Occupation Museum director
|Name Richard Armstrong|
|Born 1949Kansas City, Missouri, USA|
Education Lake Forest College Universite de Dijon The Sorbonne
Organization Solomon R. Guggenheim Foundation
Richard armstrong director of the solomon r guggenheim foundation and museum
Richard Armstrong (born 1949) is an American museum director. Since 2008, Armstrong has been the director of the Solomon R. Guggenheim Foundation, including the Solomon R. Guggenheim Museum in New York City and its other museums throughout the world. Before joining the Guggenheim, he was a curator at, and then director of, Carnegie Museum of Art in Pittsburgh, Pennsylvania. Previously, he had been a curator at the Whitney Museum of American Art.
- Richard armstrong director of the solomon r guggenheim foundation and museum
- Richard armstrong on richard artschwager
- Early life
- Career from 1973 to 2008
In addition to supervising the operations and exhibitions of the Guggenheim foundation's museums, Armstrong's tenure has included several collaborations with various organizations to offer programs intended to broaden the foundation's collection and activities geographically and digitally.
Richard armstrong on richard artschwager
Armstrong was born and raised in Kansas City, Missouri. During his summer vacations as a teenager in the 1960s, he worked as a page for U.S. Representative Richard Bolling and U.S. Senator Stuart Symington. During these hot summers in Washington, D.C., he visited air-conditioned museums, especially the National Gallery of Art. In 1968, after a year at Lake Forest College in Illinois, and shortly after the assassinations of Martin Luther King and Robert Kennedy, Armstrong moved to Dijon, France. There he explored French art and architecture.
Armstrong soon began to study at the Université de Dijon and then at the Sorbonne. Living in an unheated apartment, he spent time at the Louvre, finding the warm museum as welcoming during the Parisian winter as the cool ones had been in earlier summers. Armstrong returned to finish his BA degree in Art History at Lake Forest in 1973.
Career from 1973 to 2008
After graduating, Armstrong first sought work as a freelance journalist, but he was soon given a one-year internship at the Whitney Museum of American Art's independent study program. To earn enough money to live in New York, he worked as a studio assistant for artists Al Held and Nancy Graves. In 1974, the Whitney hired him to work with curator Marcia Tucker, who, the following year, encouraged him to take a curator position in California at the La Jolla Museum of Contemporary Art. In 1980, Armstrong joined a committee to help organize the new Museum of Contemporary Art, Los Angeles.
He returned to the Whitney in 1981, initially as instructor in the independent study program, and he soon became a curator, developing exhibitions and working directly with artists. There, he organized four biennials, as well as exhibitions on Richard Artschwager and Alexis Smith and the exhibition The New Sculpture 1965–75. In 1992, he moved to Carnegie Museum of Art in Pittsburgh, Pennsylvania, as Curator of Contemporary Art, where he again focused on collaborating with living artists, which he believes is an essential part of the mission of a contemporary art museum. He raised more than $50 million for the museum and expanded its collection of contemporary art. He was appointed chief curator in 1995 and director of the museum in 1996.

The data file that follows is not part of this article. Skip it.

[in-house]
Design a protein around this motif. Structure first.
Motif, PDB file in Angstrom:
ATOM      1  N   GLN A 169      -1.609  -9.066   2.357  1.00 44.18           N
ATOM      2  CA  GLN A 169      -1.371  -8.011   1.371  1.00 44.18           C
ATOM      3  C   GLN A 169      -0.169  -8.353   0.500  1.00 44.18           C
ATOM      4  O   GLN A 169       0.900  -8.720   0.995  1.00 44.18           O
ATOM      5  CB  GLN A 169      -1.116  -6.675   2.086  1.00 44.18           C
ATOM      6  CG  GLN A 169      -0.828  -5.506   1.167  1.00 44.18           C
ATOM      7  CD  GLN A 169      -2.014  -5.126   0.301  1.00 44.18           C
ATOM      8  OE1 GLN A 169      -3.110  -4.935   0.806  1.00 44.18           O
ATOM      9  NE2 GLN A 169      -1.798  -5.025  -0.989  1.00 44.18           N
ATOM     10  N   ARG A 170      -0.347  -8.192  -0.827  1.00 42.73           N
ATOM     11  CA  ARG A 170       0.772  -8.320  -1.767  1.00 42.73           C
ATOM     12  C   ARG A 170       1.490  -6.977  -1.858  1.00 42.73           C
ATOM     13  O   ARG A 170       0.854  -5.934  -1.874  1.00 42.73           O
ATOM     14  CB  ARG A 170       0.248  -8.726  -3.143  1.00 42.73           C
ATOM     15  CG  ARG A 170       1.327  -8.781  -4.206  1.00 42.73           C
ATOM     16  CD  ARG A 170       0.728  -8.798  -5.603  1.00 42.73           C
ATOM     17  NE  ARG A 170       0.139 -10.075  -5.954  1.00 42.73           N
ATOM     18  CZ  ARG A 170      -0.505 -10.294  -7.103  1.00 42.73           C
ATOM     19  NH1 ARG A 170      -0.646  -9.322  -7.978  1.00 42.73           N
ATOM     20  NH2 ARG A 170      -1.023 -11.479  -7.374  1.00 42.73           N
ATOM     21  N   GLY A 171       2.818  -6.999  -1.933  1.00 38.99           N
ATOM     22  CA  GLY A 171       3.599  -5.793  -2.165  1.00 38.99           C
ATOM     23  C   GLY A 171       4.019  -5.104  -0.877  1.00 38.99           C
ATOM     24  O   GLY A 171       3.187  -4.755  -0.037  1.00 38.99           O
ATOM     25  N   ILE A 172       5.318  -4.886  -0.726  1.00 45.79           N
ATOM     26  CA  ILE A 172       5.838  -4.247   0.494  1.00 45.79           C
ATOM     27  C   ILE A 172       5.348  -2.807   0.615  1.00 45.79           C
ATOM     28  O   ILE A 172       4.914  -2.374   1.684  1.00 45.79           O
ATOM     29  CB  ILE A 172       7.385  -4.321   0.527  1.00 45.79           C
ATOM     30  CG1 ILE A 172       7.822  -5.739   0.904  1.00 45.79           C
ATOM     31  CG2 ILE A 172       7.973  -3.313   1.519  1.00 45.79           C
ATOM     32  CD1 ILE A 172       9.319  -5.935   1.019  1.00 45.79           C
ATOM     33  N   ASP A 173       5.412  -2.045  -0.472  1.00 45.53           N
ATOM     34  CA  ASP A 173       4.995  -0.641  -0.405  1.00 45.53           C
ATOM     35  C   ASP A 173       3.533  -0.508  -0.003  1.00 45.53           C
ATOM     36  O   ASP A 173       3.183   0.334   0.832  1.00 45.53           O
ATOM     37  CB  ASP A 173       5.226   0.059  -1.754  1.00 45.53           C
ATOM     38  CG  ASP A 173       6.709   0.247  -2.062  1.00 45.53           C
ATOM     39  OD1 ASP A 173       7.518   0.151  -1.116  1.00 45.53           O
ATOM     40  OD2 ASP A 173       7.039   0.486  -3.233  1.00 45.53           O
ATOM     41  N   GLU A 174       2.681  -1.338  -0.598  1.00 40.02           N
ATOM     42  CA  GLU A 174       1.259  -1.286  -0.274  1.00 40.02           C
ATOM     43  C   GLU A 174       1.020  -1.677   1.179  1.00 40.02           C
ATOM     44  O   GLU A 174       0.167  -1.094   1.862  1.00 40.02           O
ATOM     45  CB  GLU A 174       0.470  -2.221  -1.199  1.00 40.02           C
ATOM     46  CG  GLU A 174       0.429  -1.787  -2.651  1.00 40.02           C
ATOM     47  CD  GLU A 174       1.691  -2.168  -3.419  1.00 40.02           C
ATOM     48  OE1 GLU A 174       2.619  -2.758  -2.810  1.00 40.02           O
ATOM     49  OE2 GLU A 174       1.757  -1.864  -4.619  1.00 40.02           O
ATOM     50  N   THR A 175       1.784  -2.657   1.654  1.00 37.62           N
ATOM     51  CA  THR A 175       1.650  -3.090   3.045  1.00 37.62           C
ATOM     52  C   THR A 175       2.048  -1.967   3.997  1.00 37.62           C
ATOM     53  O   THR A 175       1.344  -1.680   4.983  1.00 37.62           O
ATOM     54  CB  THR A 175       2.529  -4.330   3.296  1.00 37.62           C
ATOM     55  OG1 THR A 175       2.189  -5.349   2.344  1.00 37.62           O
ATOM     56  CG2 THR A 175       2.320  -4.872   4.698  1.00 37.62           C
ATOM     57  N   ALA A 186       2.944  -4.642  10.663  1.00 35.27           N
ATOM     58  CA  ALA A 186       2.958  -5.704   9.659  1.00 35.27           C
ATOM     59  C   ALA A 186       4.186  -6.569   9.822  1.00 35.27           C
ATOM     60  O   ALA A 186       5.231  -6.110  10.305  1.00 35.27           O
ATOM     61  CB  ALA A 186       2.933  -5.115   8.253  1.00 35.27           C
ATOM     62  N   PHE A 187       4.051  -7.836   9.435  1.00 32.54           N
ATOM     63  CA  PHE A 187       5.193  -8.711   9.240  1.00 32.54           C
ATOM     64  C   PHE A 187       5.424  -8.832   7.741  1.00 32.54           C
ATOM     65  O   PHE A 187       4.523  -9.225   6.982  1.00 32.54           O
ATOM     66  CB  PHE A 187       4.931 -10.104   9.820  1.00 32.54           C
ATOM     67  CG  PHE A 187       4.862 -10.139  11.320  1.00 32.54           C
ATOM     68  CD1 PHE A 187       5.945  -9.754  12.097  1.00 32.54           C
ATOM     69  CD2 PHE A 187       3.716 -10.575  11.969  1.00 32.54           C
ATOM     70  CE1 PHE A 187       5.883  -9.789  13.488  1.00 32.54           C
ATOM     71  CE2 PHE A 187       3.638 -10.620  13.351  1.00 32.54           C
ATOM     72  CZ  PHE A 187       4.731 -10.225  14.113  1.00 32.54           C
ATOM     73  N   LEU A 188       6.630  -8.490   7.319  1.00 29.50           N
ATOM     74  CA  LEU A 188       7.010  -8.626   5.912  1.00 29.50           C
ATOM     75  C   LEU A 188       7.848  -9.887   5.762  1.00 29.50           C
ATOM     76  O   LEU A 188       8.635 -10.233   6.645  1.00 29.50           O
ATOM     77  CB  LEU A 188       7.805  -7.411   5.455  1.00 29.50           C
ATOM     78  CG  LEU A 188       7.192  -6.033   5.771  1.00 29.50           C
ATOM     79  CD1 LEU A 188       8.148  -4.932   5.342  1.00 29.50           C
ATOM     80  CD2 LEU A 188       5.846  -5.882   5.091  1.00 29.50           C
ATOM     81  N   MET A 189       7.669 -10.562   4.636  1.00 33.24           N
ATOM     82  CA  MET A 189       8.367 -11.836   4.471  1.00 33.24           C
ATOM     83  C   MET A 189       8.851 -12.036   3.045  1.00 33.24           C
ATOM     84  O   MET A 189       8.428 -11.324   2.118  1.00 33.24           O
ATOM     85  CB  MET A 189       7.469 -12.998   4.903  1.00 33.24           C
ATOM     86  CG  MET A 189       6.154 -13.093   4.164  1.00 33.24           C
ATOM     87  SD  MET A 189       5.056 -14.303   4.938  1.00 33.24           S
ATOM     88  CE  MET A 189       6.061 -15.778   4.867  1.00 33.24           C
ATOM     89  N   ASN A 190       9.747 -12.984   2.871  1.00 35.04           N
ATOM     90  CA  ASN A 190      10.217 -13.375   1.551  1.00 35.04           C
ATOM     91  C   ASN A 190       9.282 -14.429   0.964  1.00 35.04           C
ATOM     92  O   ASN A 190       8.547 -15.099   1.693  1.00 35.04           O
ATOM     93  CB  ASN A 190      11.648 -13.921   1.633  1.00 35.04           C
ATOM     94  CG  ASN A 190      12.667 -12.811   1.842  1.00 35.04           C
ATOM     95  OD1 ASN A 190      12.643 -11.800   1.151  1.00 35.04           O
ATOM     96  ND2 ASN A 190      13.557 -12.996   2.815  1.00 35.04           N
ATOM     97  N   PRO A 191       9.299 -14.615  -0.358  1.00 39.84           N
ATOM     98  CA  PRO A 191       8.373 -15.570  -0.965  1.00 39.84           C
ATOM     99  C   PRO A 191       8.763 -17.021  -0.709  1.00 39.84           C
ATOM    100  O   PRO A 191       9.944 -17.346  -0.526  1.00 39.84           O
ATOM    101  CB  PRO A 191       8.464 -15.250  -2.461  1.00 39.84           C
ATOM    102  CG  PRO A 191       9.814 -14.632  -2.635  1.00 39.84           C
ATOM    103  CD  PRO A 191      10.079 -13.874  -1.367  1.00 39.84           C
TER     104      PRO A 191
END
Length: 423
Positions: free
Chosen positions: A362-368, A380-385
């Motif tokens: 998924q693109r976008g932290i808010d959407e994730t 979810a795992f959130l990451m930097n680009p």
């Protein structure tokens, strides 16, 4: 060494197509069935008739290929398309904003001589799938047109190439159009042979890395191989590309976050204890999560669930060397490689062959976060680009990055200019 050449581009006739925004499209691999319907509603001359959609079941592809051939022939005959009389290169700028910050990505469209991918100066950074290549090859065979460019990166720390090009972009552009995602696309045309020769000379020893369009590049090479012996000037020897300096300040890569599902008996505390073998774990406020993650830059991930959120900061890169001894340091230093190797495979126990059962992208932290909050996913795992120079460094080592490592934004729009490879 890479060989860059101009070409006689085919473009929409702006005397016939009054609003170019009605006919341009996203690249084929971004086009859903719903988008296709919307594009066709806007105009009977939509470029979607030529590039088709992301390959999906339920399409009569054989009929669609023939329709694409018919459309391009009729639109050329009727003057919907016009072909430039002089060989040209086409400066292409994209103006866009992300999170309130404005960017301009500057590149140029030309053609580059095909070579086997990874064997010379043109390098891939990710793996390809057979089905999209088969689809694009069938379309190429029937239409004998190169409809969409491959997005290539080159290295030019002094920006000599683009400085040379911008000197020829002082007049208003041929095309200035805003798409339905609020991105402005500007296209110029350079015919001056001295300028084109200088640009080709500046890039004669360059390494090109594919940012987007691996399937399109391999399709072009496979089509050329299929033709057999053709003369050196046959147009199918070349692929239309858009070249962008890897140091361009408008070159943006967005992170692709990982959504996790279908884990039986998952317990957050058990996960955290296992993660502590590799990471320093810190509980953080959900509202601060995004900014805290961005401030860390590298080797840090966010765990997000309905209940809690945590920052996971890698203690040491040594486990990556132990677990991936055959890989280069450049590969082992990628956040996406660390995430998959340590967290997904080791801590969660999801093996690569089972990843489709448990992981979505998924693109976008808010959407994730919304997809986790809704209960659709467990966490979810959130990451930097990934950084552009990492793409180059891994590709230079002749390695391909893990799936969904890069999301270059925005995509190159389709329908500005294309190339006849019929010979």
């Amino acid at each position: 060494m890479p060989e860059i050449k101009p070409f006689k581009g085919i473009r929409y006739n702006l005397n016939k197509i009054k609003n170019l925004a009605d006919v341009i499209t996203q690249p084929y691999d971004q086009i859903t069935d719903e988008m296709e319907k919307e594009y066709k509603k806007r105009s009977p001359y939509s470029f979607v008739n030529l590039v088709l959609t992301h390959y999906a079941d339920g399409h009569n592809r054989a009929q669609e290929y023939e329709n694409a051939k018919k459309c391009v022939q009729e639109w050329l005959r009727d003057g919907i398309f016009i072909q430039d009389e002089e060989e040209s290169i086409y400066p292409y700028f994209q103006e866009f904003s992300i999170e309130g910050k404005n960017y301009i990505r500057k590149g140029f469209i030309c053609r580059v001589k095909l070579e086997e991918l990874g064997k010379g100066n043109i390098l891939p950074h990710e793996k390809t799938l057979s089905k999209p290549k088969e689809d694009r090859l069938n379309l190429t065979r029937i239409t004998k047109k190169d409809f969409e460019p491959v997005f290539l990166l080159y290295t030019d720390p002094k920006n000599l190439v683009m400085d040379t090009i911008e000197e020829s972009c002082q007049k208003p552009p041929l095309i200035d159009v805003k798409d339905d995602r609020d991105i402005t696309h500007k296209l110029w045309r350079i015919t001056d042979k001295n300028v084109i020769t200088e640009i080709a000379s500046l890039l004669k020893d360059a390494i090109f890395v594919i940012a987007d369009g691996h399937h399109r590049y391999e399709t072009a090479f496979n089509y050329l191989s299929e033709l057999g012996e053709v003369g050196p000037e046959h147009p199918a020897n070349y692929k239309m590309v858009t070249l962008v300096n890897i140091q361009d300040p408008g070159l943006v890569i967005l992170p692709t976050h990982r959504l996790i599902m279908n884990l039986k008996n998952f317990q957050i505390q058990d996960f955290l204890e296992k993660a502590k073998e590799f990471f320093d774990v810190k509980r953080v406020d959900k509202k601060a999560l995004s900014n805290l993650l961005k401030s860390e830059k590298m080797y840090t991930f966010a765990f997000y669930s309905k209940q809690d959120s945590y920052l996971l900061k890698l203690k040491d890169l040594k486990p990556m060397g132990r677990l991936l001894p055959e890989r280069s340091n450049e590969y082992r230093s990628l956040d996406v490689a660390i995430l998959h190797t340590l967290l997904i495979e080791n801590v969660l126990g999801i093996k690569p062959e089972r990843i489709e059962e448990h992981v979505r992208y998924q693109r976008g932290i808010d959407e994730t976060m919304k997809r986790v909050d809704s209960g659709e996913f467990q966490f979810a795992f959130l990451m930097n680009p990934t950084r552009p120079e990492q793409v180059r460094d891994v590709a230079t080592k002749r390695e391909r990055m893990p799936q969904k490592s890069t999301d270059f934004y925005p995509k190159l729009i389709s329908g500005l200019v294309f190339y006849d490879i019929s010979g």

Armstrong was appointed director of the Solomon R. Guggenheim Museum and Foundation in November 2008. His curatorial background contrasts with the business background of his controversial predecessor, Thomas Krens. Recalling the goal of the Guggenheim's first director, Hilla von Rebay, to create a "temple of the spirit", Armstrong stated early in his tenure at the Guggenheim: "We need to expand on the original optimism and taste for the utopian that guided the museum in its beginnings [while making] sure the parts [of the foundation's global collection] are conjoined and working in harmony with one another."
In addition to overseeing the activities of all of the foundation's museums, and in particular the New York collection, Armstrong coordinates the foundations' acquisitions and scholarship, and its loan exhibitions and collaborations with other museums to foster public outreach. A 2009 retrospective of Frank Lloyd Wright at the New York museum showcased the architect on the 50th anniversary of the opening of the building and was the museum's most popular exhibit since it began keeping such attendance records in 1992. Since Armstrong became director, projects have included YouTube Play. A Biennial of Creative Video; the BMW Guggenheim Lab, a travelling exhibition, forum and experiment focused on urban living; the Guggenheim UBS MAP Global Art Initiative, to work with curators from around the world to identify and acquire artworks from Asia, South America, the Middle East and Africa; and a collaboration with the Robert H.N. Ho Family Foundation to commission and exhibit works by Chinese-born artists. Many of these projects are focused on broadening the geographical scope of the museum's collection and activities. Armstrong commented in2012: "We are hoping to challenge our Western-centric view of art history." Exhibitions at the Guggenheim Museum in New York under Armstrong have included Kandinsky (2009), Chaos and Classicism: Art in France, Italy, and Germany, 1918–1936 and Maurizio Cattelan: All (2011).
Armstrong serves in an advisory capacity on several foundation boards, including the Victor Pinchuk Foundation, Kiev, Ukraine; the Artistic Council, Beyeler Foundation, Basel, Switzerland; the Al Held Foundation, New York City; and the Judd Foundation. He is a director of the Fine Family Foundation, Pittsburgh. He is also a member of the Association of Art Museum Directors.